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Al Qaeda in Iraq may be Finished but the Troops Can't Still Come Home

Some in the military think they've got al Qaeda in Iraq on the run:

The U.S. military believes it has dealt devastating and perhaps irreversible blows to al-Qaeda in Iraq in recent months, leading some generals to advocate a declaration of victory over the group, which the Bush administration has long described as the most lethal U.S. adversary in Iraq.


Lt. Gen. Stanley McChrystal, head of the Joint Special Operations Command's operations in Iraq, is the chief promoter of a victory declaration and believes that AQI has been all but eliminated, the military intelligence official said. But Adm. William J. Fallon, the chief of U.S. Central Command, which oversees Iraq and the rest of the Middle East, is urging restraint, the official said. The military intelligence official, like others interviewed for this report, spoke on the condition of anonymity about Iraq assessments and strategy.

Whether AQI is in fact on the ropes in Iraq remains to be seen, but it's clear that they have lost their base of support among Iraq's Sunni population. This has been made possible largely due to the fact that the US essentially gave up the fight against the Sunni insurgent groups over the past year, and made peace with them. At this point, no one can even really understand or explain why we were fighting the Sunnis for the last 4 years other than to force them to capitulate to a government dominated by Shiites and Kurds that turns a blind eye to the mass murder of their people throughout Iraq. The administration carelessly stumbled into the war with Iraq's Sunnis after the CPA (Coalition Provisional Authority) created the insurgency by disbanding the Iraqi military and conducting a sweeping purge of Baathists from all levels of government which left hundreds of thousands of angry, young men unemployed and with no way to put food on the table for their families.

Having created the Sunni insurgency by our own actions, it should have been no surprise that al Qaeda jihadists would seize the opportunity presented to them to infiltrate the Sunni areas of Iraq and join in the fight against the Americans. They fortunately did not make the most of this opportunity, and their brutal and extremist tactics served to accelerate their undoing and turn the Sunnis against them.

Neoconservative apologists who think this turnaround is due to the brilliance of the "surge" seem totally oblivious to the fact that we are now funneling cash and weapons to the same Sunni insurgent groups that we have been fighting for the last 4 years (a course of action that I advocated). Make no mistake about it. The emerging victory over al Qaeda in Iraq (if it holds) belongs to the Sunnis. They are the ones in the lead of this fight, and they are rejecting the extremism of the al Qaeda jihadists in their midst. Our troops have done a fantastic job assisting them but there's no doubt that we could not have done it on our own. Defeating entrenched insurgencies is virtually impossible if the local population supports the insurgent groups. Everybody who understands counter-insurgency warfare knows this to be a fact.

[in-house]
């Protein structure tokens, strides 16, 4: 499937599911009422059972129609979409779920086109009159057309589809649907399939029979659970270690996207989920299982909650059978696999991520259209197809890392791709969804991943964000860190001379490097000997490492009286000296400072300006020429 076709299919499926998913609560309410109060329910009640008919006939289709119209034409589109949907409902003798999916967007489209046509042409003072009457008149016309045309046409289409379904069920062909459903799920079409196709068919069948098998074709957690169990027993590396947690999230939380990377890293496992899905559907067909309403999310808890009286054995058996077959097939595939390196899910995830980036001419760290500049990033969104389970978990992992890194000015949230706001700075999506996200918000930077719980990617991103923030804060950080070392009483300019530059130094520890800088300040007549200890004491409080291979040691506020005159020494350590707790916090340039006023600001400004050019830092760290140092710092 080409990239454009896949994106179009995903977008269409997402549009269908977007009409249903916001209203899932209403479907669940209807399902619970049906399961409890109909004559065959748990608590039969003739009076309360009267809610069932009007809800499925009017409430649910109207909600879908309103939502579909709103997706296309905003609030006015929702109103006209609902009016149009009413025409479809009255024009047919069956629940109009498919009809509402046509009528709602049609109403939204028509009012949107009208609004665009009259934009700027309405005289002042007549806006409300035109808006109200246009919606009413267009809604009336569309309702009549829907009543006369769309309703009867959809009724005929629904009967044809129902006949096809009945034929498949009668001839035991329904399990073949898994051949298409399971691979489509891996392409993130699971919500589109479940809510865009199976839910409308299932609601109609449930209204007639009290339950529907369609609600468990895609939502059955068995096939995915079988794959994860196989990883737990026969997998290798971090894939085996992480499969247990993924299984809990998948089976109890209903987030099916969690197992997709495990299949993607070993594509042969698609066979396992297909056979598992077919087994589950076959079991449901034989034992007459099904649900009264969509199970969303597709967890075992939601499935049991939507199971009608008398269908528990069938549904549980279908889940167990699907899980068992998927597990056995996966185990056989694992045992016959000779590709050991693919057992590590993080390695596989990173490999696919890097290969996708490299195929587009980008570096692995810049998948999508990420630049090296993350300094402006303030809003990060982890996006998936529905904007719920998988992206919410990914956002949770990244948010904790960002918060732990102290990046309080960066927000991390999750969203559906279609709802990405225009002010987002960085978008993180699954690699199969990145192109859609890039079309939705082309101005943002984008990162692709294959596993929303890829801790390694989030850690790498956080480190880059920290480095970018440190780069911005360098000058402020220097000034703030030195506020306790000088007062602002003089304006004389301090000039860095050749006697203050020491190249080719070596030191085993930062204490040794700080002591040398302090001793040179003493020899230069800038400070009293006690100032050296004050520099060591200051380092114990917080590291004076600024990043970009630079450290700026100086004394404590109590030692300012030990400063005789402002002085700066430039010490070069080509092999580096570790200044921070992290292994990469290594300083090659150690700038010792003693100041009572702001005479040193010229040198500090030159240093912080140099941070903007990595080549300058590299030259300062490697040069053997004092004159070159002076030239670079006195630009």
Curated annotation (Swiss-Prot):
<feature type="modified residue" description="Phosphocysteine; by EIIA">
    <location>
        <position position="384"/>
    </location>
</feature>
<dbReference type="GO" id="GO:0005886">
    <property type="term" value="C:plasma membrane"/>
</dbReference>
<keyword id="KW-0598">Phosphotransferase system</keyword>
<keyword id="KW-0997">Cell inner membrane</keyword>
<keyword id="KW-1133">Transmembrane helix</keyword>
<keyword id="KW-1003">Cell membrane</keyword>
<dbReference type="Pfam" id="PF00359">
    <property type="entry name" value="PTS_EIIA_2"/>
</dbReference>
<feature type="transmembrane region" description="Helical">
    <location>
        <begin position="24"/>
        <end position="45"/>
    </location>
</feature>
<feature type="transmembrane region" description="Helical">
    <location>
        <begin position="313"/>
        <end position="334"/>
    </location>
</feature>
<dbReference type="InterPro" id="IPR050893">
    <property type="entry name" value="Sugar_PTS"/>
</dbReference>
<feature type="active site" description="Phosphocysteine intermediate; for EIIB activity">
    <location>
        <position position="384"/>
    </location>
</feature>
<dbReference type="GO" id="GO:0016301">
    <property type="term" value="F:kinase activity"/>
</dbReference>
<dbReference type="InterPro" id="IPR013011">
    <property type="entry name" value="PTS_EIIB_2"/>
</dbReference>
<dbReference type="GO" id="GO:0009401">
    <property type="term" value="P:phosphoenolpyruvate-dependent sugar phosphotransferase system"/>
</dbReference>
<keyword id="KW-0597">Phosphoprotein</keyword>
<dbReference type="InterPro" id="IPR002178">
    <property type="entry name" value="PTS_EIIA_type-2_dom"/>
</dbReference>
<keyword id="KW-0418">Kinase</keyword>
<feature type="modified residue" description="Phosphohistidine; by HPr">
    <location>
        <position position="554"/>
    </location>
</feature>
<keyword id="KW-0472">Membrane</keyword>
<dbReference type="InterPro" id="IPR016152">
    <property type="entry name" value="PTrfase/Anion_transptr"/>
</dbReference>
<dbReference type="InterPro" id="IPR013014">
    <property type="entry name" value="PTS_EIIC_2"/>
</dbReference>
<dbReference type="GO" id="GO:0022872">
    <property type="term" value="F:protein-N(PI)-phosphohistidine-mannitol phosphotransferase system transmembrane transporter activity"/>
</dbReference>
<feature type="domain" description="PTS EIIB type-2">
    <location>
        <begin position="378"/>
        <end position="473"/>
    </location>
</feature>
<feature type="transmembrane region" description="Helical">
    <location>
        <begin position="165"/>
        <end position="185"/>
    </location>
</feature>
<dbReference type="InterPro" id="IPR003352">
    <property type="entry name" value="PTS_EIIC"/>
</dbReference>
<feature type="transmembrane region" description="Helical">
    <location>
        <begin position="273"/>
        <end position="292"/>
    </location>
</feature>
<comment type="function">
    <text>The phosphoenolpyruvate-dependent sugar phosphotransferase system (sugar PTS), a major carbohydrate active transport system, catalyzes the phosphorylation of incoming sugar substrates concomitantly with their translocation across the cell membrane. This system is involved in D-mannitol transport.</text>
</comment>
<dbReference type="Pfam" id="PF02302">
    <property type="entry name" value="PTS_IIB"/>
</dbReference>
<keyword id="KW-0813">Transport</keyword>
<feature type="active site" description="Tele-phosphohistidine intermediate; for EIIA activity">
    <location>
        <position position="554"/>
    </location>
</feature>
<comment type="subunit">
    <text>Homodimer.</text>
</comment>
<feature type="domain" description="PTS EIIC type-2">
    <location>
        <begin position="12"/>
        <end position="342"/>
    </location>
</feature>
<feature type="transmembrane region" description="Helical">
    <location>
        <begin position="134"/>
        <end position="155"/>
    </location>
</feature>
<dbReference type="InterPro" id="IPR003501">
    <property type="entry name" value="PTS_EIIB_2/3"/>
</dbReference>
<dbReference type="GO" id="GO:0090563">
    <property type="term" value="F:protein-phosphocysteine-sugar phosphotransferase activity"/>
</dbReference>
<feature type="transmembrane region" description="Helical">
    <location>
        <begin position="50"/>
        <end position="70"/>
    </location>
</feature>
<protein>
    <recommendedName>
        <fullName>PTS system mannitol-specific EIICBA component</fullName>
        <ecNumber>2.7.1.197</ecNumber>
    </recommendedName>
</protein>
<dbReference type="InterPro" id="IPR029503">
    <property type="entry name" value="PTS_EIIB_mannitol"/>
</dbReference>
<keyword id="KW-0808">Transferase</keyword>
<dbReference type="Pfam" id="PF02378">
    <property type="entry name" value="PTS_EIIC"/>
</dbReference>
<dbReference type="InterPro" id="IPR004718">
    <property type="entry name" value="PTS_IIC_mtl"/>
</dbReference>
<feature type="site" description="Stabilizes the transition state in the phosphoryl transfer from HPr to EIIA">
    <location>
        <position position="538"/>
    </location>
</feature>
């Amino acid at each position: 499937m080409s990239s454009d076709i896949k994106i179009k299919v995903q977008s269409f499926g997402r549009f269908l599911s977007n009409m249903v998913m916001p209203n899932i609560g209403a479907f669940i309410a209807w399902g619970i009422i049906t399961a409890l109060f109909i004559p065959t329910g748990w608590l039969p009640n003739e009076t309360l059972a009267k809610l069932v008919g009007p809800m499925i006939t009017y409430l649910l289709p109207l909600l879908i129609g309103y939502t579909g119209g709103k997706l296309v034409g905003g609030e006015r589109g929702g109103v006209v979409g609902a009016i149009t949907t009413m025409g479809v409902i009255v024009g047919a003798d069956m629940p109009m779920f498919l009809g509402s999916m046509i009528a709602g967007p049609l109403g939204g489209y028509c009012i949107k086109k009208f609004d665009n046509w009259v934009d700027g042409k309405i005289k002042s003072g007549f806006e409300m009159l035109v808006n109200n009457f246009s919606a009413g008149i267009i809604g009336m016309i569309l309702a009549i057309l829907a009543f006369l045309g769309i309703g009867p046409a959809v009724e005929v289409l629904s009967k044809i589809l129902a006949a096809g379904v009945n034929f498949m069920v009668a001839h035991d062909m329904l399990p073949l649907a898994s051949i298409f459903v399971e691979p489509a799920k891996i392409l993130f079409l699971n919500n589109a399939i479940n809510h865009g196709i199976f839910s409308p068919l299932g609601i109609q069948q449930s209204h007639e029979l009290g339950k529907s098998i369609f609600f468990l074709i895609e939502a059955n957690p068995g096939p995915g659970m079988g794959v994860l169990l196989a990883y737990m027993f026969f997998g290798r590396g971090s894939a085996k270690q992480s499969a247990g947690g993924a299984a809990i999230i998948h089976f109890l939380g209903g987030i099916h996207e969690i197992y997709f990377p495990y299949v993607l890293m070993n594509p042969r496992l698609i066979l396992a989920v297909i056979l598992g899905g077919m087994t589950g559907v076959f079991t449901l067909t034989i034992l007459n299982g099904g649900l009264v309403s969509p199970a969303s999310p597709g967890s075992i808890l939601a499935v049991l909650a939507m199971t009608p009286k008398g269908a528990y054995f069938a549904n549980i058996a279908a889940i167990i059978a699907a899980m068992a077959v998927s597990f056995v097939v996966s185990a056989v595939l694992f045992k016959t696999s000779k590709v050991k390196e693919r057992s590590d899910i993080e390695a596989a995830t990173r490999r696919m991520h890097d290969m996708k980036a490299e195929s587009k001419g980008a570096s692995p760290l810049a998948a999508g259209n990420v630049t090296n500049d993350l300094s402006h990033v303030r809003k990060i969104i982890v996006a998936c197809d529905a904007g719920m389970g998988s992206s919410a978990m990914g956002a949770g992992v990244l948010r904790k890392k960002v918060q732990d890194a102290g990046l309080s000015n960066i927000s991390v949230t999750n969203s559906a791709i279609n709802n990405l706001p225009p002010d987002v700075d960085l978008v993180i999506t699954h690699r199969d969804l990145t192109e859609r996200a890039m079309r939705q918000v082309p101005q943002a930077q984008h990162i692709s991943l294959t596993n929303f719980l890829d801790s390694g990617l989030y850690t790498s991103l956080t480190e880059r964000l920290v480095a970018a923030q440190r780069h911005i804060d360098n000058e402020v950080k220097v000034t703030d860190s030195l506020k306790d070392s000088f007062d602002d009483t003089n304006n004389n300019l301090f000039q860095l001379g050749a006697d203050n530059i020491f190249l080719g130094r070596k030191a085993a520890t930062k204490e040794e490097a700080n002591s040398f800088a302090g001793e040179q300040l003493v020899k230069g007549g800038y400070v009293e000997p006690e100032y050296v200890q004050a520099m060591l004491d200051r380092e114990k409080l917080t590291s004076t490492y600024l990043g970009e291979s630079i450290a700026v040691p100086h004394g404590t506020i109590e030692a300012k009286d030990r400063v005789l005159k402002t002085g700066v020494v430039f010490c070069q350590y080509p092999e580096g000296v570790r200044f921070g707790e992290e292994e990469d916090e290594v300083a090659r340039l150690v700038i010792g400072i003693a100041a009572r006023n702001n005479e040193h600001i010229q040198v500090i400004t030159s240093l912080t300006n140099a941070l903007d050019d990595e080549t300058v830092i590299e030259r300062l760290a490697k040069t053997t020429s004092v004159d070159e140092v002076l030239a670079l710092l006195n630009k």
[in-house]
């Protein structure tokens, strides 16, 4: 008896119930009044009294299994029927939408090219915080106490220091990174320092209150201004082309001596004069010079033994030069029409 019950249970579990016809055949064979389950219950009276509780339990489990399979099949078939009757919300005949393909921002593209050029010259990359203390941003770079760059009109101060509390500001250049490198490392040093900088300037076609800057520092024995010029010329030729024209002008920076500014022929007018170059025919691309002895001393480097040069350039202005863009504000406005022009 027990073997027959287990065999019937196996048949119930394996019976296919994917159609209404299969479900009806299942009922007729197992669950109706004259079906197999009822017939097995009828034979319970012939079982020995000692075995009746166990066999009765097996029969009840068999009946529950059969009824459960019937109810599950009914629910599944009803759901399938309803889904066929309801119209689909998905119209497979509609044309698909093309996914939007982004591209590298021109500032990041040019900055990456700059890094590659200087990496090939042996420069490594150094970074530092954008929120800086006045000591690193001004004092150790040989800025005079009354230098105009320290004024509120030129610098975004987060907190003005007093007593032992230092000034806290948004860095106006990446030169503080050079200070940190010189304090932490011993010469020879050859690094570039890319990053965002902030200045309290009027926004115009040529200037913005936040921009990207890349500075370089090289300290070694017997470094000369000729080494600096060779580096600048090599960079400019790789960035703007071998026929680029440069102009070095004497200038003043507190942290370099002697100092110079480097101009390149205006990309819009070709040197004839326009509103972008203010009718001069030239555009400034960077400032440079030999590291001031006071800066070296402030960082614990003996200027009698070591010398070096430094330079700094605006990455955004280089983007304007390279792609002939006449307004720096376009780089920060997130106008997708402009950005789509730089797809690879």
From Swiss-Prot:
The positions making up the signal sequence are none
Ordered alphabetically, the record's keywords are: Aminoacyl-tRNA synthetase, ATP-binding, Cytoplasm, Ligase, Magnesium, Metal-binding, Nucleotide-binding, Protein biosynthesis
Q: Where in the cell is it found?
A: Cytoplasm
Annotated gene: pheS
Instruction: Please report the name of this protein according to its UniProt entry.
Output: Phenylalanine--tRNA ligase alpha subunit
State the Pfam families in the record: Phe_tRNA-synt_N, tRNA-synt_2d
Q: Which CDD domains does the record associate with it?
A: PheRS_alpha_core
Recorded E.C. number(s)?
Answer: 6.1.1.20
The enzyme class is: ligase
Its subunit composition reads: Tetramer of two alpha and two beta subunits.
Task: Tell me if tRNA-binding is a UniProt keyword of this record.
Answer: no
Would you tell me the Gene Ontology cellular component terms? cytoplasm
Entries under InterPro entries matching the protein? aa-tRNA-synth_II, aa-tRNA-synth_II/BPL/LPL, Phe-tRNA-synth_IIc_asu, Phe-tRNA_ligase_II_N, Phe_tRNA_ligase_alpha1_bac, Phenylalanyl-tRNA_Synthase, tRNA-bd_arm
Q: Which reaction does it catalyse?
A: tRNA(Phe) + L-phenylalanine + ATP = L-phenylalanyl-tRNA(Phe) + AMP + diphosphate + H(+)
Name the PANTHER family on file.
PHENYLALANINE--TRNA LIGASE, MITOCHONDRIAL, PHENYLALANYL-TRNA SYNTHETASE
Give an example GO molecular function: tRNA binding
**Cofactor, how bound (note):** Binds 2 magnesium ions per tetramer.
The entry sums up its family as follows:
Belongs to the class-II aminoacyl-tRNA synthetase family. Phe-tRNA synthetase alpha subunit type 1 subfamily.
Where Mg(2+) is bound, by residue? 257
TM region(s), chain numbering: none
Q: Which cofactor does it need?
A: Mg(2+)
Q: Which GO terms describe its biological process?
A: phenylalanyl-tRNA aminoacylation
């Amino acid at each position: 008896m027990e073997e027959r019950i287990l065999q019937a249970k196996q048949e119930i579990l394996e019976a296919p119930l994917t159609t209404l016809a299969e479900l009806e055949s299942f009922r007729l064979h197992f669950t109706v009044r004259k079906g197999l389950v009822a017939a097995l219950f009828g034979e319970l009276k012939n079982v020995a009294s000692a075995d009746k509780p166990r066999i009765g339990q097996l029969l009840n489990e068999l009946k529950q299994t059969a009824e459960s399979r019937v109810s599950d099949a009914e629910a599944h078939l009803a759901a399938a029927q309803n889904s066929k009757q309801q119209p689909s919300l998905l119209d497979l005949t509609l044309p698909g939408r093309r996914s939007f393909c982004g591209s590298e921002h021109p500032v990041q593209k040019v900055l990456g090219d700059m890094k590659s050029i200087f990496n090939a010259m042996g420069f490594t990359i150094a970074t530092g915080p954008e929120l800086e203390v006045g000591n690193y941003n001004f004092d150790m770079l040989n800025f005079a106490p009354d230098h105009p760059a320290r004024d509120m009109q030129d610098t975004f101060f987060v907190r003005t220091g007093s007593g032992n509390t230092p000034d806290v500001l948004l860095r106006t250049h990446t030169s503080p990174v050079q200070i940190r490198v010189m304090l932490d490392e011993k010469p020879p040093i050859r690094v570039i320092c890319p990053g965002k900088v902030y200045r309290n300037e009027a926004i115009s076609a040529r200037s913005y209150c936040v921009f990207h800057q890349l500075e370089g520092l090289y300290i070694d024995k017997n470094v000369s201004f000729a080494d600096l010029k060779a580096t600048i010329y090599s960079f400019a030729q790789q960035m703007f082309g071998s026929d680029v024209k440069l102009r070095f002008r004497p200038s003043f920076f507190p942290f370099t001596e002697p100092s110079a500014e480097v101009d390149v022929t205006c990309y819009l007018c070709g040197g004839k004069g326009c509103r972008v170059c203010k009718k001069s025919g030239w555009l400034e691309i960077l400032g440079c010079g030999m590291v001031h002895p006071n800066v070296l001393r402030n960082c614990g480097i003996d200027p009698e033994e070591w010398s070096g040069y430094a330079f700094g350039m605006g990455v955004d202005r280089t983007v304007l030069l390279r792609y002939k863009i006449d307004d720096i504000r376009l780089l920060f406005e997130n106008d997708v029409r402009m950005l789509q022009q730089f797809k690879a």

So now that al Qaeda in Iraq is finished, what next? If there's no more al Qaeda in Iraq what exactly is the purpose of keeping 170,000 troops in the country indefinitely?

This will be the question that war advocates will be forced to address over the next year and into next fall's election. The diminished al Qaeda threat in Iraq will serve to crystallize opposition to the war since it removes the ability of war supporters to continually conflate the war in Iraq with the war on terror. Now, there will be a clear separation which will help to disambiguate the debate.

Remember, as I said in an earlier post, there is nothing that our troops could accomplish in Iraq that would cause neoconservatives to advocate a withdrawal. Likewise, there is nothing that the Iraqis could fail to do (such as blow all the benchmarks we had set for them) that would similarly cause the neocons to advocate a withdrawal. What the neoconservatives need now, and what they will surely find over the next few months, is a new justification to keep the troops in Iraq in perpetuity.

Care to guess what that reason will be? If you guessed "Iran" you win the prize.

Note: Wizbang Blue is now closed and our authors have moved on. Paul Hooson can now be found at Wizbang Pop!. Please come see him there!

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Comments (1)

Steve Crickmore[TypeKey Profile Page]:

The war was never about al Queda, even if Bush has been framing it in those terms for the last year or so. If it was, we wouldn't be treating the country, Saudi Arabia that still supplies most of its manpower and funds, with kid gloves while we are provide the Saudis with even bigger military contracts in exchange for friendly oil contracts.. No the only benchmark that is important in Iraq to the Bushies, are the placement of permanent military bases in Iraq,that (so they believe) will allow our oil companies to get Iraqi oil. Al Queda is the blowback that allows Bush to sell his expensive policy to the American people... You are right Larkin, Iran will probably be the next blowback for the neo-cons policies in the Middle East, and undoubtedly another 'catastrophic failure' for America except for the big war resource and oil companies.


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Editors: Lee Ward, Larkin, Paul S Hooson, and Steve Crickmore

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